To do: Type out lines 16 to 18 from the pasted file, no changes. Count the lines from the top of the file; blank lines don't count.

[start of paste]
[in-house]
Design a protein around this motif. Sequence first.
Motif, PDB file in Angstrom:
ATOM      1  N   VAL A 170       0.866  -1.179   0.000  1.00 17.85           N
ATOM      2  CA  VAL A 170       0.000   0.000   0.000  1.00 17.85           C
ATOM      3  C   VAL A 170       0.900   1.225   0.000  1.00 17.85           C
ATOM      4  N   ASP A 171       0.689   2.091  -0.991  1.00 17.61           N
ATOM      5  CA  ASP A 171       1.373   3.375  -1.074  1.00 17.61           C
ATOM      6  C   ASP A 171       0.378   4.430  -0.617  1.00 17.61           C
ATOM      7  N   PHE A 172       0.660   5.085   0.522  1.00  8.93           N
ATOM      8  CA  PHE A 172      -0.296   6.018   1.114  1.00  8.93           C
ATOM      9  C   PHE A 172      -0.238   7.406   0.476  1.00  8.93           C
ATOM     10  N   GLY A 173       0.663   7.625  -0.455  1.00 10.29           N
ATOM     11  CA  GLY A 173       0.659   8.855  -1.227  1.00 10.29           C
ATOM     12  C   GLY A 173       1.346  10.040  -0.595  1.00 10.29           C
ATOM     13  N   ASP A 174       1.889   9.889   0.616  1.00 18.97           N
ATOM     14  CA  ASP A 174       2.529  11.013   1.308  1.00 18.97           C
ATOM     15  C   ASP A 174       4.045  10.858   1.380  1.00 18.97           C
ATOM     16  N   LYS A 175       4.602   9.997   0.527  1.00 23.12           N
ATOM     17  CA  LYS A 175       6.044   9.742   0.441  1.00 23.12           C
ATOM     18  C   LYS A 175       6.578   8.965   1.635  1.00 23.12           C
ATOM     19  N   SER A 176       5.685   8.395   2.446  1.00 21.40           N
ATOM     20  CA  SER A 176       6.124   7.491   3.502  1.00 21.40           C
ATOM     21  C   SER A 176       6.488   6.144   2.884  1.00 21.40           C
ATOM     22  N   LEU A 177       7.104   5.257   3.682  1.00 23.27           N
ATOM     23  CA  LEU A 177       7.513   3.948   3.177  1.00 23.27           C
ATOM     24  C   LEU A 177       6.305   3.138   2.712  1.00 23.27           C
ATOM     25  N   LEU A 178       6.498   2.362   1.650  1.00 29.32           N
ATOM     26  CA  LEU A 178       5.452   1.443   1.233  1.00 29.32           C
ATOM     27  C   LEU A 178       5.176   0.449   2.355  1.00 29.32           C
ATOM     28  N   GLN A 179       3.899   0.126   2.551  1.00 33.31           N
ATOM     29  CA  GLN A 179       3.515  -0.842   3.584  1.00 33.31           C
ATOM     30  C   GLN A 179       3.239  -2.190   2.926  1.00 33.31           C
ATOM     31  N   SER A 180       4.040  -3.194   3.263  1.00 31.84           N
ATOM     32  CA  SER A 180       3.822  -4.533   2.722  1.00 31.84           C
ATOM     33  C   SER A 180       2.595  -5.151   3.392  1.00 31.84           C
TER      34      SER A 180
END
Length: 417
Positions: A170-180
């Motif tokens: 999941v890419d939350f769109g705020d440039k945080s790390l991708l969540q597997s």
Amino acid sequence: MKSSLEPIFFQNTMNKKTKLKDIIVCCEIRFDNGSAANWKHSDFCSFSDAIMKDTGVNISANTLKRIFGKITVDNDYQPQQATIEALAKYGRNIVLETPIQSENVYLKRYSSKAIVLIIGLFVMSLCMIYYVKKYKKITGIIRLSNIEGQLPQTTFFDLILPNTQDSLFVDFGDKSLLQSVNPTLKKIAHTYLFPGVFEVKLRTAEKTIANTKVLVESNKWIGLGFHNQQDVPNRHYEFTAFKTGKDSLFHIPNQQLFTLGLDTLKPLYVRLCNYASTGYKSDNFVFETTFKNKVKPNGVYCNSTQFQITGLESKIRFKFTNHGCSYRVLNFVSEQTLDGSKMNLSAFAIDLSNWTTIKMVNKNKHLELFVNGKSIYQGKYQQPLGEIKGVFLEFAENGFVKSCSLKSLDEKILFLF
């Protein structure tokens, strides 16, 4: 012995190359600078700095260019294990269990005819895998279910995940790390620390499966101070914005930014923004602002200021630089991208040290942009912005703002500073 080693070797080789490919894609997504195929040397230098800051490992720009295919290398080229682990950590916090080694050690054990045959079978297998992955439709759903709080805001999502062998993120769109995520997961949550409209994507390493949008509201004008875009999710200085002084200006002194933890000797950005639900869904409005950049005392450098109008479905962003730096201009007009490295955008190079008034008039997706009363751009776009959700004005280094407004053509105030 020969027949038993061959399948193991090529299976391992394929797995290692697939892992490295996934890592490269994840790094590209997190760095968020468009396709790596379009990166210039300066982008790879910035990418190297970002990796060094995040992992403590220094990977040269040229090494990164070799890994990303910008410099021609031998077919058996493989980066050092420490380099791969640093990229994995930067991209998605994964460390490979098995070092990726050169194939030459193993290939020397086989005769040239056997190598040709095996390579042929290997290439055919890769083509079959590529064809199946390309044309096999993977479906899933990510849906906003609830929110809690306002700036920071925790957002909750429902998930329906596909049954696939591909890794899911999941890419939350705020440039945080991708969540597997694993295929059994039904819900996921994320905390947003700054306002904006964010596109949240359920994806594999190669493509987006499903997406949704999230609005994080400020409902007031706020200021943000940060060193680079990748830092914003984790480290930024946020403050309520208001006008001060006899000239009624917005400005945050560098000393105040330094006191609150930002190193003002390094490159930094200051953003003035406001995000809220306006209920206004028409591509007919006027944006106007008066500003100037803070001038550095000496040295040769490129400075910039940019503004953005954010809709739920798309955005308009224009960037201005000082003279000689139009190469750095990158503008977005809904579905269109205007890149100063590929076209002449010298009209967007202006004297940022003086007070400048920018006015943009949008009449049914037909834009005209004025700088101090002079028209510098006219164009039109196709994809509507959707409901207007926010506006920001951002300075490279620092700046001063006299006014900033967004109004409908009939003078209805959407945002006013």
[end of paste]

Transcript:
ATOM     13  N   ASP A 174       1.889   9.889   0.616  1.00 18.97           N
ATOM     14  CA  ASP A 174       2.529  11.013   1.308  1.00 18.97           C
ATOM     15  C   ASP A 174       4.045  10.858   1.380  1.00 18.97           C